London, UK, 4 July 2019 | Matt Trollope

Alexei Popyrin and Ajla Tomljanovic both exited Wimbledon on Wednesday, beaten by tough opponents on Court 12.

Tomljanovic fell 6-2 6-0 to fearsome former world No.1 Victoria Azarenka before Popyrin fell in four sets to 11th seed Daniil Medvedev.

Popyrin, a 19-year-old qualifier who had won four straight matches on grass, pushed the Russian hard but could not quite match his opponent’s consistency and intensity.

After taking a high-quality first set, Popyrin suffered a let down in the second and only managed to win one game. And after Popyrin broke Medvedev early in the third set and built a 3-1 lead, the Russian responded by winning 10 straight points, and 16 of the next 18, to wrest control of the match.

Popyrin eventually went down 6-7(6) 6-1 6-4 6-4.

“He’s just a wall. He’s so solid. He’s so solid from the back. He doesn’t miss,” Popyrin said.

“I tried to do different tactics that me and my team worked on. I tried bringing him to the net. He’s not comfortable at the net, and I reckon I did that pretty well. Tried to mix up the pace. I reckon I did that well with my slices and just most of all just focus on my game; play aggressive, big serve.

“He kind of neutralised that serve today. I didn’t hit as many aces.

“Just a couple of mental dips that I’ve got to work on, but that’s it. That just comes from experience in my eyes.”

With 1987 champion Pat Cash in his corner, Popyrin displayed excellent instincts on grass during his Wimbledon campaign; against Medvedev he approached the net 71 times with a success rate of almost 70 per cent.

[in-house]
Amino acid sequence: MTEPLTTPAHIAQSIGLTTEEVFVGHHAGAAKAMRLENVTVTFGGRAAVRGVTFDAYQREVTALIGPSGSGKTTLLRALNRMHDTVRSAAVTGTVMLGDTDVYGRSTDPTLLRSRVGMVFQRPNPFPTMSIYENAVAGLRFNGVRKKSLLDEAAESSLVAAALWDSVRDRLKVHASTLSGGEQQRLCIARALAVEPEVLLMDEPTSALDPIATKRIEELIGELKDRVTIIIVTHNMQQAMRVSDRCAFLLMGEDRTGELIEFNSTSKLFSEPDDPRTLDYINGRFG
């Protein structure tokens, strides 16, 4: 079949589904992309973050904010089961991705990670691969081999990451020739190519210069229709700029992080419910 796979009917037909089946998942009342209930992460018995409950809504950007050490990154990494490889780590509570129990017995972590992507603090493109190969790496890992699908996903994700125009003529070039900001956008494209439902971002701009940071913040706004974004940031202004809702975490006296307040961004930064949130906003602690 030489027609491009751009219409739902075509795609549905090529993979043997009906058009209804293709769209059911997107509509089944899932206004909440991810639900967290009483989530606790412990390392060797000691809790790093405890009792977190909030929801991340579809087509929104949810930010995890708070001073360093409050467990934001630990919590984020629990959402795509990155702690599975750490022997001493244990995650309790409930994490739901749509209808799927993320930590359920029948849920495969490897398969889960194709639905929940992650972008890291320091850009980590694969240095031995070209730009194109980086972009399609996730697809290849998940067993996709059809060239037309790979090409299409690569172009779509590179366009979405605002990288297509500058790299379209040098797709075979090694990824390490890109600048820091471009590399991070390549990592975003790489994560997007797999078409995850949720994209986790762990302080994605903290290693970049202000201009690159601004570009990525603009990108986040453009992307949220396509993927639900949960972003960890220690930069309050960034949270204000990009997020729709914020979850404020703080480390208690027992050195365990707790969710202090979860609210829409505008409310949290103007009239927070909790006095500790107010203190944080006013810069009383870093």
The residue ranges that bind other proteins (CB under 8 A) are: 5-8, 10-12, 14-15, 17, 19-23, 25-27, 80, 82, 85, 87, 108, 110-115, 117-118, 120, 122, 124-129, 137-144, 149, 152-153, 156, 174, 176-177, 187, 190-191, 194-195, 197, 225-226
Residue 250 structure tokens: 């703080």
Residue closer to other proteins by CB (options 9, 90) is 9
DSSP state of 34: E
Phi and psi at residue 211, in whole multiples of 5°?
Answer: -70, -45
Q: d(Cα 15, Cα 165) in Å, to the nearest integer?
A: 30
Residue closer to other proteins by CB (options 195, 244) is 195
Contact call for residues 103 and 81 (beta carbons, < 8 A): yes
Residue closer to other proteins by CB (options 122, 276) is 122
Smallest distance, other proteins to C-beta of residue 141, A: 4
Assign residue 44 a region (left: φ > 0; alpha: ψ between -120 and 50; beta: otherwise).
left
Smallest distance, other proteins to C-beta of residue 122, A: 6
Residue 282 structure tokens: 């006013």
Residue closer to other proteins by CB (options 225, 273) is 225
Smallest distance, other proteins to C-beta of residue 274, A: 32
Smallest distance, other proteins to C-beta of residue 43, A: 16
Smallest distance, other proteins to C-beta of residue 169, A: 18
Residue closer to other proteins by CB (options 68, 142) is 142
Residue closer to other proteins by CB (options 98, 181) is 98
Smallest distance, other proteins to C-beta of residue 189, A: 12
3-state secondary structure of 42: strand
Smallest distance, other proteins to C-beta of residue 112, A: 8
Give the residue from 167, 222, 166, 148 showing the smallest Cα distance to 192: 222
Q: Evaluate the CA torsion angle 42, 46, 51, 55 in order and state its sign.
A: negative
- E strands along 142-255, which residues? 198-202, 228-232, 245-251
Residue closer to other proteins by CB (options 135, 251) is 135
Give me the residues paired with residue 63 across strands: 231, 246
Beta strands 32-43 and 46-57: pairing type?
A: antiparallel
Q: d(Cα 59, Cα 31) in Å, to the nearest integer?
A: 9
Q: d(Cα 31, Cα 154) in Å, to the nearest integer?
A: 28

He also played bold, brave tennis in saving eight of the 13 break points he faced.

But the No.11 seed was simply too consistent, experienced and resourceful. He neutralised Popyrin’s serve well – Popyrin managed just six aces, after belting 15 and 26 in his previous two outings – and finished with just 21 unforced errors to the Australia’s 46.

“Every experience, every time I get to play a top-10 player I always feel like I’m in the match,” said a philosophical Popyrin. “I never feel like I’m being blown away, except for that match against Isner at Indian Wells (lost 6-0 6-2 in the second round).

“I always feel like I’ve got the game to compete with these guys – and beat them.”

Azarenka too strong for Tomljanovic

In the first match of Wednesday’s Court 12 schedule, Tomljanovic began brightly against Azarenka, breaking serve in the second game to lead 2-0.

But from there, Azarenka steamrolled through 12 straight games to wrap up a 63-minute victory.

The relentlessness shown by the two-time Australian Open champion was astonishing. Playing with intensity and aggression, Azarenka at the same time committed just 12 unforced errors while limiting the powerful Tomljanovic to only seven winners.

Anything short from Tomljanovic allowed Azarenka to wrench control of a point, and the Australian was under constant pressure to go for too much to push Azarenka off the baseline.

“Felt like it was vintage Vika out there today,” Tomljanovic said.

“Didn’t think I played my best obviously; had a really bad game at 2-0 (in the first set) which could have been way different if I’d held there, more pressure on her.

“But after that she didn’t give me anything and I had to play really well today to have a shot. Feels bad at this point.”

Tomljanovic held a 40-0 lead in the fifth game of the second set after also holding two games points in the third game, but could not avoid a second-set shut-out.

“Actually thought the second set was better than the first but score-wise it wasn’t,” Tomljanovic said.

“I didn’t serve great today to begin with and then even the ones I started making in the second set, I mean, she had an answer for everything.

“It was just one of the matches where I have to look at what I did good, bad, and not get too down because of the actual scoreline. Because I don’t think it was as bad as it looked.

“But it’s still really disappointing at this stage of the tournament.”